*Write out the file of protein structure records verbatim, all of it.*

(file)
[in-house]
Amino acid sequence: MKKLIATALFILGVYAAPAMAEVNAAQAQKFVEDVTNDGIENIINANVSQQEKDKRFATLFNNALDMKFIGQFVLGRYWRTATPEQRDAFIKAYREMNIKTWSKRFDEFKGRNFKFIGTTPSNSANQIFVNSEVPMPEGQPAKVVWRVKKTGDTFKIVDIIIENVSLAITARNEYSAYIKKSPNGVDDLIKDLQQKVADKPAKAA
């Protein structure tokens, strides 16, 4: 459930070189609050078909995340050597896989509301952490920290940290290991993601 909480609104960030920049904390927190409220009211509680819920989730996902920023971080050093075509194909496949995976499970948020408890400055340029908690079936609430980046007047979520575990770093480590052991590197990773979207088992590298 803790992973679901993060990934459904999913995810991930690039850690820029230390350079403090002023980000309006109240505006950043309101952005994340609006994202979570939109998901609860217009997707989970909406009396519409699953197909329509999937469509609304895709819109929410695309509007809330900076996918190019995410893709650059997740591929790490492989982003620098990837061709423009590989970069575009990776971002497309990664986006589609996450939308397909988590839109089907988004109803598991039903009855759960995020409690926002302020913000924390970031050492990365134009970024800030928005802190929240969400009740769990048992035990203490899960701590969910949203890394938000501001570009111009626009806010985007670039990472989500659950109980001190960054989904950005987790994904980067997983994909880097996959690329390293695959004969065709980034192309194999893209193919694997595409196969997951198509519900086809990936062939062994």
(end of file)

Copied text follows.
[in-house]
Amino acid sequence: MKKLIATALFILGVYAAPAMAEVNAAQAQKFVEDVTNDGIENIINANVSQQEKDKRFATLFNNALDMKFIGQFVLGRYWRTATPEQRDAFIKAYREMNIKTWSKRFDEFKGRNFKFIGTTPSNSANQIFVNSEVPMPEGQPAKVVWRVKKTGDTFKIVDIIIENVSLAITARNEYSAYIKKSPNGVDDLIKDLQQKVADKPAKAA
């Protein structure tokens, strides 16, 4: 459930070189609050078909995340050597896989509301952490920290940290290991993601 909480609104960030920049904390927190409220009211509680819920989730996902920023971080050093075509194909496949995976499970948020408890400055340029908690079936609430980046007047979520575990770093480590052991590197990773979207088992590298 803790992973679901993060990934459904999913995810991930690039850690820029230390350079403090002023980000309006109240505006950043309101952005994340609006994202979570939109998901609860217009997707989970909406009396519409699953197909329509999937469509609304895709819109929410695309509007809330900076996918190019995410893709650059997740591929790490492989982003620098990837061709423009590989970069575009990776971002497309990664986006589609996450939308397909988590839109089907988004109803598991039903009855759960995020409690926002302020913000924390970031050492990365134009970024800030928005802190929240969400009740769990048992035990203490899960701590969910949203890394938000501001570009111009626009806010985007670039990472989500659950109980001190960054989904950005987790994904980067997983994909880097996959690329390293695959004969065709980034192309194999893209193919694997595409196969997951198509519900086809990936062939062994």